Biden bashes Trump's leadership on pandemic, Trump attacks Biden on trade
MANITOWOC, Wis./DAYTON, Ohio (Reuters) - Democrat Joe Biden slammed U.S. President Donald Trump's handling of the coronavirus pandemic and Trump criticized Biden's record on trade on Monday as the White House contenders battled for votes in key Midwestern battleground states.
With U.S. deaths from COVID-19 approaching 200,000, Biden said on a campaign stop in Wisconsin that Trump "froze" when faced with the enormous challenge posed by the health crisis and was not capable of the leadership needed to confront it.
"He just wasn't up to it. He froze. He failed to act. He panicked," Biden said after meeting workers at an aluminum manufacturing plant in Manitowoc, south of Green Bay.
Biden, who is trying to win back Wisconsin after Trump carried it narrowly in 2016, made a direct appeal to blue-collar voters who supported President Barack Obama in 2008 and 2012 but shifted to Trump.
"The simple truth is that Donald Trump ran for office saying he would represent the forgotten men and women of this country – and then once in office, he forgot them," Biden said.
In Ohio, Trump criticized Biden's past support for free-trade deals that he said had cost the state jobs and hurt the economy in the upper Midwest.
"Joe Biden should not be asking for your support. He should be begging for your forgiveness," Trump said.
He criticized Biden's past support for the North American Free Trade Agreement, which has been replaced by a new pact under Trump, and the Trans-Pacific Partnership, which Trump withdrew from in 2017 after he took office.
"He betrayed you, he lied to you, he abused you. Which is why it's time to retire Joe Biden," he said.
The two candidates' speeches marked a return to the themes that dominated the race before the death on Friday of liberal Supreme Court Justice Ruth Bader Ginsburg, which has shifted the focus to the coming battle over confirming her replacement.
Trump is moving quickly to fill Ginsburg's seat in hopes of cementing a 6-3 conservative majority on the court, a key priority for social conservatives, before the Nov. 3 election.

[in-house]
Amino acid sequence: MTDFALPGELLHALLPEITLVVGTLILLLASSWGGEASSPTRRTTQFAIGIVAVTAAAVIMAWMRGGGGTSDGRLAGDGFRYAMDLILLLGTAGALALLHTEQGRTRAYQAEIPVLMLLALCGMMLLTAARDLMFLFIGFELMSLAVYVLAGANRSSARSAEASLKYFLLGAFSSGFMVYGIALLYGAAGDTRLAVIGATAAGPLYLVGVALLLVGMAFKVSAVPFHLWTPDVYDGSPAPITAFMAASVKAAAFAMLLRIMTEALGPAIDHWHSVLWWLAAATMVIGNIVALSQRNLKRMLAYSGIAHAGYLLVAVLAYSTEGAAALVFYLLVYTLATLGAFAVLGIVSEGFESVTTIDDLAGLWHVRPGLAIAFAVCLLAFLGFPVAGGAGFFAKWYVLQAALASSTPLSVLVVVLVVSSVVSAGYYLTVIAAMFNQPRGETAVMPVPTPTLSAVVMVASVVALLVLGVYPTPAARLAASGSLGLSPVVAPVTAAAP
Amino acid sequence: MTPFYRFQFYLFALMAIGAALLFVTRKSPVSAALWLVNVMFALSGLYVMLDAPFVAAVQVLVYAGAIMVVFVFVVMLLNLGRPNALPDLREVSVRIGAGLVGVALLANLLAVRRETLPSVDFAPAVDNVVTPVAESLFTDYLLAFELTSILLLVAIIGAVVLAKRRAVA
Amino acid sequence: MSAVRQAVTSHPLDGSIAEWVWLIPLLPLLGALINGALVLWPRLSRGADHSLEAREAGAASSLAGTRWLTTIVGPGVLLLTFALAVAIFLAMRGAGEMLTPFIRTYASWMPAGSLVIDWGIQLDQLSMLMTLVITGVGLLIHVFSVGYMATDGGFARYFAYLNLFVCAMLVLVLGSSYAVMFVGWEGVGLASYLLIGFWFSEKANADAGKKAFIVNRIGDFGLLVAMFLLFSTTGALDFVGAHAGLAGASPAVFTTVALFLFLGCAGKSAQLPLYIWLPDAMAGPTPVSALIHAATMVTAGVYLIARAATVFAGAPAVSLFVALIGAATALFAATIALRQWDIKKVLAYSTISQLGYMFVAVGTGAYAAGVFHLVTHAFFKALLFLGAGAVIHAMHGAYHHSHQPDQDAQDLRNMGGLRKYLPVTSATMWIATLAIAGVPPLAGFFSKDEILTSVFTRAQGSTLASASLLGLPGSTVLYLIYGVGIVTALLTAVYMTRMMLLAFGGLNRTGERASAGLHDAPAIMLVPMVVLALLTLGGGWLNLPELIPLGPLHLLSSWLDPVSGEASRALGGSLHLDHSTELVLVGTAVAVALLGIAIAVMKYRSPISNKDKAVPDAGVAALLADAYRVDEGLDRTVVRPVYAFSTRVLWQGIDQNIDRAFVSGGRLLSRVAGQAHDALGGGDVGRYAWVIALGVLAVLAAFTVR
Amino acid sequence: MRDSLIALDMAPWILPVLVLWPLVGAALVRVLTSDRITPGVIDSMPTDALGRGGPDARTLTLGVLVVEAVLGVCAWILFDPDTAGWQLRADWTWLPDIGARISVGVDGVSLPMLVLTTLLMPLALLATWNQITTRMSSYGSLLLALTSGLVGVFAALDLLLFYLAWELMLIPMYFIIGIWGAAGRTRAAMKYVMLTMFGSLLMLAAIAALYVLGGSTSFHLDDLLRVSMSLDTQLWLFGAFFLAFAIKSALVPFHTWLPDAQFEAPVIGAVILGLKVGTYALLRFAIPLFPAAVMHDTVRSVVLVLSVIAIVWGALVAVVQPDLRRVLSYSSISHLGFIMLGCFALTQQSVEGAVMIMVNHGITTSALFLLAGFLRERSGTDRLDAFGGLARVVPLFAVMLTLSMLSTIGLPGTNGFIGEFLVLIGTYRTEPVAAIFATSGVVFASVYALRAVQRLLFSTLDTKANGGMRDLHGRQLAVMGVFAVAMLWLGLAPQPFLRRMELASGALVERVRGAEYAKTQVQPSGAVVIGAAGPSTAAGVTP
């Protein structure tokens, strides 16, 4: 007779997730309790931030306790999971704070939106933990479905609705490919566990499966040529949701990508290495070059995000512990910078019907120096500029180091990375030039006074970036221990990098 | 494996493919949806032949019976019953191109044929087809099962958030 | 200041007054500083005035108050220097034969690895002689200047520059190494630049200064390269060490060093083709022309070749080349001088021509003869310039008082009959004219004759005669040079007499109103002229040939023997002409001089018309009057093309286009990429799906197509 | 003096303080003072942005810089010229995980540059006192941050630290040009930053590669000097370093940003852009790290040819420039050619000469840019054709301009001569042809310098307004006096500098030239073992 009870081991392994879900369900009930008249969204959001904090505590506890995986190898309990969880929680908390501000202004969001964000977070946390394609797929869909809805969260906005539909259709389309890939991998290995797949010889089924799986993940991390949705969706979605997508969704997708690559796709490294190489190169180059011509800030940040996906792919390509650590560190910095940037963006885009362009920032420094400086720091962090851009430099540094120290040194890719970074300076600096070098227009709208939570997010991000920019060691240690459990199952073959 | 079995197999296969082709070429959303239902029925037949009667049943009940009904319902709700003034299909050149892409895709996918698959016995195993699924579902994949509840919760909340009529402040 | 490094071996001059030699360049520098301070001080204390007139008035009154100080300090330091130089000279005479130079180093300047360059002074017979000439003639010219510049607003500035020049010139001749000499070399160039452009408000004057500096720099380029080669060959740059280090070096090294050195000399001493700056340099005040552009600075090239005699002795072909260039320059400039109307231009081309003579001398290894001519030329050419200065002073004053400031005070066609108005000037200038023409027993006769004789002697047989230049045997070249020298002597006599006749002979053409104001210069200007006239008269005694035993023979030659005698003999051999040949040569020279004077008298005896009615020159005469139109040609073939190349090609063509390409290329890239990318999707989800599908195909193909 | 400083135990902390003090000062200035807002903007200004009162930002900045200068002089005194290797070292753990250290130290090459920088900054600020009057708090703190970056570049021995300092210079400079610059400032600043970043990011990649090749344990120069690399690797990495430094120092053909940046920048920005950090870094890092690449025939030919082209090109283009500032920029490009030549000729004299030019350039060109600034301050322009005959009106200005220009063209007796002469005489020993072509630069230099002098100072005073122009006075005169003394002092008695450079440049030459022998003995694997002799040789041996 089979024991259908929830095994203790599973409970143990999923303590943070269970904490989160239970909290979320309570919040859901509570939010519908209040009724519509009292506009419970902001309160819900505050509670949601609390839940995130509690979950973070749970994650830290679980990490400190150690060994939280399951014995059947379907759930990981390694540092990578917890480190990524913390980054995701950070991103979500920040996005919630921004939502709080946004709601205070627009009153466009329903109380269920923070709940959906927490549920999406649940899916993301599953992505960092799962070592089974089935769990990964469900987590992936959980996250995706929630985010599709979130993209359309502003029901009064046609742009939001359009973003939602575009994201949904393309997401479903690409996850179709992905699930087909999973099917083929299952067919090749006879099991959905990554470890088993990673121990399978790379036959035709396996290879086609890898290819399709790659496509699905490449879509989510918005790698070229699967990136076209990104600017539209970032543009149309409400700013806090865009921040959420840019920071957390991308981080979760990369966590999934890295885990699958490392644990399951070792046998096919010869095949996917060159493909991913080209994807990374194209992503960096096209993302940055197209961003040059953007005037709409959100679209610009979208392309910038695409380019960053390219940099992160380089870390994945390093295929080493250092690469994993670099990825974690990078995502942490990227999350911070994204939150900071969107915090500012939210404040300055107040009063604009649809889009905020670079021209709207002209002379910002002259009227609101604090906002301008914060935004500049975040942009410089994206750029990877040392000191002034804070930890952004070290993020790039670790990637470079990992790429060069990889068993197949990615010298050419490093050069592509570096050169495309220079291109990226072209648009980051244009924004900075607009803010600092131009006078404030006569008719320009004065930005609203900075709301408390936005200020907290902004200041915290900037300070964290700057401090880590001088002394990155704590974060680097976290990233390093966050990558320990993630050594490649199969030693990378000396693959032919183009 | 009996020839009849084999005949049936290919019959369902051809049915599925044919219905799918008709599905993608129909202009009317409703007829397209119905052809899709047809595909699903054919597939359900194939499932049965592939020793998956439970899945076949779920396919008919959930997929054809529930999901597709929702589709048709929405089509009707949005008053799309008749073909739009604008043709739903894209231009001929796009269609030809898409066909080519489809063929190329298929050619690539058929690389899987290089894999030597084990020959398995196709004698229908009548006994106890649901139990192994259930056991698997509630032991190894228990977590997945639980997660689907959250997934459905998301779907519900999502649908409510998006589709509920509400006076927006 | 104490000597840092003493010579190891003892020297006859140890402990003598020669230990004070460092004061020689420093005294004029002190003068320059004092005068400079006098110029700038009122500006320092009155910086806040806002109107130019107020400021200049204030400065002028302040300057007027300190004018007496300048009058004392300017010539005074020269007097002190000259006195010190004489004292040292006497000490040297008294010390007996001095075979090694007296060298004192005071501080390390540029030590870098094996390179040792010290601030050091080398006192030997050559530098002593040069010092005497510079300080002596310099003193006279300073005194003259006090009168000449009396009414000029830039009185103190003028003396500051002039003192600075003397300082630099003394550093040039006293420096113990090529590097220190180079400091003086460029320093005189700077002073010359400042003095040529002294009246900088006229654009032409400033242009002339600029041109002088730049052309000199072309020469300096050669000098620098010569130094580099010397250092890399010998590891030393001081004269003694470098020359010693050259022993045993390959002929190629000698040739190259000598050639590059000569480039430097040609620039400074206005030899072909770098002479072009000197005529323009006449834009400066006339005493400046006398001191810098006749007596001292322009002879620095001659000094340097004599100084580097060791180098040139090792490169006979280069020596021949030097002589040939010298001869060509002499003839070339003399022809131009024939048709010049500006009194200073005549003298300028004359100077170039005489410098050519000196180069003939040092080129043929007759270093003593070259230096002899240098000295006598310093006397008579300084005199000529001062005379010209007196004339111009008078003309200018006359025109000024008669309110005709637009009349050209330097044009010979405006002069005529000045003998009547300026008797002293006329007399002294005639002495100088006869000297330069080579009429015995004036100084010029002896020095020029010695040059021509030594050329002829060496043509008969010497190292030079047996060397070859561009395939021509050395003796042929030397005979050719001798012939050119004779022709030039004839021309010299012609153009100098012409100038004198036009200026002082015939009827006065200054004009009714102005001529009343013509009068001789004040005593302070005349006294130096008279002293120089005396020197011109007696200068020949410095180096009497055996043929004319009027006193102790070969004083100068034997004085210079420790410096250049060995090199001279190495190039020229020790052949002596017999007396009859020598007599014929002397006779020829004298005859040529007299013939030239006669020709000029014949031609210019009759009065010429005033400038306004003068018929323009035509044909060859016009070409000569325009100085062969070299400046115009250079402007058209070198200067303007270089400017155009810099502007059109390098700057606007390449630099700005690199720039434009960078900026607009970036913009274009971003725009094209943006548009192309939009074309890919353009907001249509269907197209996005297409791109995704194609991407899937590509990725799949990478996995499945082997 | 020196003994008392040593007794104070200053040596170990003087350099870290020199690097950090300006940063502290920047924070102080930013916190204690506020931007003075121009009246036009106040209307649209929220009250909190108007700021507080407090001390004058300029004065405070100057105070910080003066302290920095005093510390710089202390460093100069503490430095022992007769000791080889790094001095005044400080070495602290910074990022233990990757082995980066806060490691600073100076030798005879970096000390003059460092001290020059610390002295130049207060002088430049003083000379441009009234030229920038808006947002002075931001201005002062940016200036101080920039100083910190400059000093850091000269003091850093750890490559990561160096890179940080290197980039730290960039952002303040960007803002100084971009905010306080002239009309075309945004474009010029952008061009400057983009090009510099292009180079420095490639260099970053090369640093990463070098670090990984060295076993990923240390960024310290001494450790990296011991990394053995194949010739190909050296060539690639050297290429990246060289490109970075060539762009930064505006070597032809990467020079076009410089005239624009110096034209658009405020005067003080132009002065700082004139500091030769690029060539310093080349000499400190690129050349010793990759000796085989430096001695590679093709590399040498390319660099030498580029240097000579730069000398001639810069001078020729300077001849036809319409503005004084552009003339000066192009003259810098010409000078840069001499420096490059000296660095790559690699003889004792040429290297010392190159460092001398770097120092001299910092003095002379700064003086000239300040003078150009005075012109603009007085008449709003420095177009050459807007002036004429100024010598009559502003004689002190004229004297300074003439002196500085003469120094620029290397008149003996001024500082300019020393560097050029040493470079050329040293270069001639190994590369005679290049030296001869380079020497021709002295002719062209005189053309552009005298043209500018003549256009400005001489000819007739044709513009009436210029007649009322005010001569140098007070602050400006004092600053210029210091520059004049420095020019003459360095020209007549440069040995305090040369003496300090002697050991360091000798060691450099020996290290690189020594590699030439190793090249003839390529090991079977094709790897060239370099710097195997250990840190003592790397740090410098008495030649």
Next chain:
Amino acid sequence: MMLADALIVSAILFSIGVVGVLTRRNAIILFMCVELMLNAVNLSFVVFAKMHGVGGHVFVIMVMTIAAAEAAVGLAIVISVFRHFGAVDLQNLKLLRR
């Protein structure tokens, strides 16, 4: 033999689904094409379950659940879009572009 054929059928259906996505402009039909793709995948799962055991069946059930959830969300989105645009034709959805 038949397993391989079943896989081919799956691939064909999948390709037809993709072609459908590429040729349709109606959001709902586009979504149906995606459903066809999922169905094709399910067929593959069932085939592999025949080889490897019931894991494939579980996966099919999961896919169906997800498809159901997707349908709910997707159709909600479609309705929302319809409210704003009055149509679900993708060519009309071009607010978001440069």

The rallies were also a reminder of the importance of the two battleground states. Polls show Biden leading by several points in Wisconsin, mirroring his overall lead nationwide, and Trump ahead in Ohio, which he won by 8 percentage points in 2016.
A new Reuters/Ipsos poll on Monday showed Biden leading Trump among likely voters in Wisconsin, while the two are about even in Pennsylvania, another battleground state.
Biden said in Wisconsin that Trump could have saved lives with a mask mandate but continued to hold rallies without social distancing or people wearing masks, and worried too much about spooking financial markets.
'KEEPS HIS DISTANCE'
"He loves his rallies. But the next time he holds one, look closely. Trump keeps his distance," he said. "He’s willing to let everyone in that crowd risk their life. But not him."
In his last visit to the state, Biden spoke with Jacob Blake, the Black man whose shooting by police in the city of Kenosha prompted unrest.
This time, he visited largely white Manitowoc County, which supported the former vice president and President Barack Obama when they ran on the Democratic ticket in 2008.
The county backed Trump in 2016, helping deliver the state to a Republican presidential candidate for the first time since 1984, albeit with less than 1% of the vote.
Trump visited Wisconsin last week, announcing a new round of coronavirus pandemic assistance to farmers of about $13 billion.
Biden has built a formidable financial advantage for the campaign's final stretch after a massive fundraising haul in August. The campaign and its party allies will report having $466 million in cash at the end of August, while Trump's war chest stood at $325 million, according to officials from both sides.
Early voting, both in-person and by mail, has already begun in a handful of states.
In Ohio, Trump returned to many of the economic themes that dominated his re-election pitch prior to Ginsburg's death. He promised the economy would bounce back strongly as the pandemic fades, and criticized Biden's free-trade views.
"If Biden wins, China wins. If we win, Ohio wins," he said at an election rally at the Dayton airport, the first of two appearances in the state.
Earlier in the race, many Democrats had privately written Ohio off, seeing it as firmly in Trump's grasp. But polls show a tight contest, and Biden's campaign is now pursuing wins in an expanded set of states.
On Monday, Biden's campaign said it would add Republican-leaning Georgia and Iowa, both won easily by Trump in 2016 but also home to competitive U.S. Senate races, to a list of 10 other states where it is running paid advertisements.
(Reporting by Trevor Hunnicutt and Jeff Mason, additional reporting by Joseph Ax and Andrea Shalal; Writing by John Whitesides; Editing by Scott Malone, Andrea Ricci and Sonya Hepinstall)
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